Apparatus has been devised for treating blood with ultraviolet radiation which affords a certain amount of control over the exposure process. Heretofore, most of these machines utilize a flat quartz cuvette having a shape similar to that shown in FIG. 3. The prior art cuvette 10, as illustrated, contains a restrictive entrance port 12 and a correspondingly restrictive outlet port 13, both having a cylindrical cross section which are removably connected to an inlet tube 15 and an outlet tube 16. The two ports are centered along the axis 18 of the cuvette and, as can be seen, the cross sectional area of the cuvette is considerably greater than that of the aligned ports. During the blood irradiation process a main flow stream 20 is established within the cuvette that extends in a straight line along the axis of the cuvette between the two ports. Vortices 21 are generated in the cuvette to either side of the main stream. Each vortex that develops within the cuvette can adversely effect the uniformity of flow through the cuvette and thus the controllability of the radiation dosage absorbed by the blood. Blood traveling in the central stream moves more rapidly through the radiation zone than blood trapped in the vortices. Accordingly, a portion of the blood may become underexposed while another portion overexposed which, in turn, can adversely effect the results of the treatment being administered to the patient. Similarly, under certain conditions, stagnant regions can further develop in certain areas within the cuvette causing blood in these regions to begin to clot again adversely effecting the results of the treatment.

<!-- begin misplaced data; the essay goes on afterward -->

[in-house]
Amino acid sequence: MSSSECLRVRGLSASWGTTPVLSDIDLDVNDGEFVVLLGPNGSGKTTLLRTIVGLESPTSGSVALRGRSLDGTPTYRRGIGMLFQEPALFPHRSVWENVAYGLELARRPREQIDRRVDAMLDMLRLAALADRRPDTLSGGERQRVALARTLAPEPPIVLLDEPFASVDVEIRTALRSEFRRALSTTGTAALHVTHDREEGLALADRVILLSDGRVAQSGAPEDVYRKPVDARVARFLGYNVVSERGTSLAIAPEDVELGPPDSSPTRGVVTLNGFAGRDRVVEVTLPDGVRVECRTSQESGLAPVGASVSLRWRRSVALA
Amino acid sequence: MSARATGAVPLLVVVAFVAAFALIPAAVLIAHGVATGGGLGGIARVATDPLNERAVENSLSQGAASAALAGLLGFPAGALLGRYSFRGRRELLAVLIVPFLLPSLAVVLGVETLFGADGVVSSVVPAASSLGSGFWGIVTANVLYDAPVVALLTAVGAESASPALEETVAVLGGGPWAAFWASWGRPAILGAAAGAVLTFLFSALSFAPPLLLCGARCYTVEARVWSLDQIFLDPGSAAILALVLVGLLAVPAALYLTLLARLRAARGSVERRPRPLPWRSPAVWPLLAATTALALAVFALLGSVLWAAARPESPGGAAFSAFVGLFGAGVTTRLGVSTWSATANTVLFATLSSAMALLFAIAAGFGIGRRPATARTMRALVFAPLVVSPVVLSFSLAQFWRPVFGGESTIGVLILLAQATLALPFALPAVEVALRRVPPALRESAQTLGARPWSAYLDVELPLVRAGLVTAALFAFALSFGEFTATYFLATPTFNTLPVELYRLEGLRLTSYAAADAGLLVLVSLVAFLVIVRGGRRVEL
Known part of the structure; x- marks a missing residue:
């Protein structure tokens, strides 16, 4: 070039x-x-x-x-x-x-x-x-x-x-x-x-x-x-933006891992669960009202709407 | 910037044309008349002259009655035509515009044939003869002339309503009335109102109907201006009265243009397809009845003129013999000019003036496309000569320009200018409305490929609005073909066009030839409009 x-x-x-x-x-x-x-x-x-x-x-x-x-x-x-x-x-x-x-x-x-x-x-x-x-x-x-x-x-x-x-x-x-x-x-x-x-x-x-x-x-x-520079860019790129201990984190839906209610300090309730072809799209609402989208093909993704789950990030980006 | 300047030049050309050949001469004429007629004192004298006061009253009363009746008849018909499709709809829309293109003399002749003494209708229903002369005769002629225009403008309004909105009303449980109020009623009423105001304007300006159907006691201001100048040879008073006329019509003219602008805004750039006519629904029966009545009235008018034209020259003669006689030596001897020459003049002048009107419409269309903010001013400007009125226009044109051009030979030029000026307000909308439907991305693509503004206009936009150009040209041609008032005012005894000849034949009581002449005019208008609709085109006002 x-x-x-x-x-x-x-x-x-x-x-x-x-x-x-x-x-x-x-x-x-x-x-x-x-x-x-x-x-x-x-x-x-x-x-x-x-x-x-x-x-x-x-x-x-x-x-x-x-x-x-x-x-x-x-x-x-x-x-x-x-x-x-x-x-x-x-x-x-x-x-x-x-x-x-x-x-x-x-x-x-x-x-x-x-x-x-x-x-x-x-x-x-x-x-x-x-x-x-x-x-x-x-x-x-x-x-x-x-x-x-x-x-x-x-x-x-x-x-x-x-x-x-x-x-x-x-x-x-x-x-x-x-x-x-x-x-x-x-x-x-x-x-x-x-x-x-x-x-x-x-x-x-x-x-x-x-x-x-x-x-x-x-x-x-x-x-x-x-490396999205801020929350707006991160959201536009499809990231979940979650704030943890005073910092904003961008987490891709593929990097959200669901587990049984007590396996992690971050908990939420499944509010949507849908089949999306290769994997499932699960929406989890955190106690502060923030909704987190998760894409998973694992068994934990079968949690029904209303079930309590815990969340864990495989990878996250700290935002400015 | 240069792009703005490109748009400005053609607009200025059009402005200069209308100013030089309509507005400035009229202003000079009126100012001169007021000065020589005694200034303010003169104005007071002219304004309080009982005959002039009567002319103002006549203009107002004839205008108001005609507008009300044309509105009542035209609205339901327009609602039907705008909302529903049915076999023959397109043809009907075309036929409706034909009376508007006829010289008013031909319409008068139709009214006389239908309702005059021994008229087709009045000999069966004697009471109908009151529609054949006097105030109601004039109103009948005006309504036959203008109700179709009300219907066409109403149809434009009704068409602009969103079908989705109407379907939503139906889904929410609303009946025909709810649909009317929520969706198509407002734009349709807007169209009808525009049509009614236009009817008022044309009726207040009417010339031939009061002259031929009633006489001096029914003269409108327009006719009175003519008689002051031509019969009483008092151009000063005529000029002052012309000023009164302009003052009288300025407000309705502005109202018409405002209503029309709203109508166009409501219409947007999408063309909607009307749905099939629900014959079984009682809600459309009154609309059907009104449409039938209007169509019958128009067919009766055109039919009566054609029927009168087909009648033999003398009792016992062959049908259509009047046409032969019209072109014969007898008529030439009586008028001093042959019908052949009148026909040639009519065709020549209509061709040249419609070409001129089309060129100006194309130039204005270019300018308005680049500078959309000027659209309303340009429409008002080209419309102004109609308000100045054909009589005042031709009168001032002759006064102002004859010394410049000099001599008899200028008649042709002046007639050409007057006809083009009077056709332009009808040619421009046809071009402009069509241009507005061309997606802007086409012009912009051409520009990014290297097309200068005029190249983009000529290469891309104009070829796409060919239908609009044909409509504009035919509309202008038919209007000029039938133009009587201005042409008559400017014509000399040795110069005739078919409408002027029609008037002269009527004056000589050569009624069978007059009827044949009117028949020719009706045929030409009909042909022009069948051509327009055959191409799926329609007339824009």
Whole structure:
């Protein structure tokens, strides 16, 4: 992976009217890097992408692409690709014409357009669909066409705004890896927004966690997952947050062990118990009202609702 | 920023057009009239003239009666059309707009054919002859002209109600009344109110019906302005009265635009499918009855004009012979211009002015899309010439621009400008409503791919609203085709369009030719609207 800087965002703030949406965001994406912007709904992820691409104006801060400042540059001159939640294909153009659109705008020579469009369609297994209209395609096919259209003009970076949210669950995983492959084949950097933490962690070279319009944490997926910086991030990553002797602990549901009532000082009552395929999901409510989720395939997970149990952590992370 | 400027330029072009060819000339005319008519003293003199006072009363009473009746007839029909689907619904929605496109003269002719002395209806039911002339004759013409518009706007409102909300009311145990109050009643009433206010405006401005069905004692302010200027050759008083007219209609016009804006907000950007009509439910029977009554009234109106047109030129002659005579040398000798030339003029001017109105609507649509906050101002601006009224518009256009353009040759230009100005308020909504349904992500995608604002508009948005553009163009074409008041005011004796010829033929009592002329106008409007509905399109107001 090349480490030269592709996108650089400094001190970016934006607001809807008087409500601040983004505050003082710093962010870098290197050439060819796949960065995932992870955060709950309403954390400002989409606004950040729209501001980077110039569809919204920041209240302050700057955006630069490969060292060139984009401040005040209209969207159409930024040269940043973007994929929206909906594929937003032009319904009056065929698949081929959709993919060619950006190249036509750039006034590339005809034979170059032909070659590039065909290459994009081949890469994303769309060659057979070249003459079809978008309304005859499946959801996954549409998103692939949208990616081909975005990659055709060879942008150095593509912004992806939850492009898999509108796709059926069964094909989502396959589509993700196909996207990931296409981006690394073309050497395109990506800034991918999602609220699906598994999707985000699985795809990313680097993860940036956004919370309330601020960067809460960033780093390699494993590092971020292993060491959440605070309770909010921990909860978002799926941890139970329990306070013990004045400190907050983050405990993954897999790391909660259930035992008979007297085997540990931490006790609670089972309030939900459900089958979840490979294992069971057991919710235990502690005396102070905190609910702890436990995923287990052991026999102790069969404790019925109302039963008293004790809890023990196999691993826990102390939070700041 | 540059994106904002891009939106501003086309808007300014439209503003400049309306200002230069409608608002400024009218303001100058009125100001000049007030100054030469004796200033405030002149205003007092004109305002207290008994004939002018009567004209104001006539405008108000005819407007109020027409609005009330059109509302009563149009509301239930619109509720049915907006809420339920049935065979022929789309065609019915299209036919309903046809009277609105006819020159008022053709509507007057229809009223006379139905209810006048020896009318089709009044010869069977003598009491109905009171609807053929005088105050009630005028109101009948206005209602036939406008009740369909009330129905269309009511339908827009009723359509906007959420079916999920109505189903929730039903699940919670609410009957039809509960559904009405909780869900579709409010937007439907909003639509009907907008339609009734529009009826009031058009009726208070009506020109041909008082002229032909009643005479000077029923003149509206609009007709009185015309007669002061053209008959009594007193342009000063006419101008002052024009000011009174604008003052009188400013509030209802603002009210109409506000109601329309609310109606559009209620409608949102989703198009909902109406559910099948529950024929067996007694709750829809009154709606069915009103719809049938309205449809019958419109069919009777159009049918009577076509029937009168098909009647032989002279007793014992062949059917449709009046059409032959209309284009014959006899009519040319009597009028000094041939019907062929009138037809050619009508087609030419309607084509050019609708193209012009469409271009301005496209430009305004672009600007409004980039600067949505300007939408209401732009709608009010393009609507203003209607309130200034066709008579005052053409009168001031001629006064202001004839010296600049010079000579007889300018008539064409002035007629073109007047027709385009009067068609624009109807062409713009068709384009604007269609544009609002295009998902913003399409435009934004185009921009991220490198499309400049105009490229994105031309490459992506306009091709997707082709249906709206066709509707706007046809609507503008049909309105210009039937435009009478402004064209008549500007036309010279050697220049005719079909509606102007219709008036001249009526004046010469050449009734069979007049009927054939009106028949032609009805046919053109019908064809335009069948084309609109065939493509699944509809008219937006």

It is therefore an object of the present invention to improve the effectiveness of ultraviolet radiation of blood for therapeutic purposes.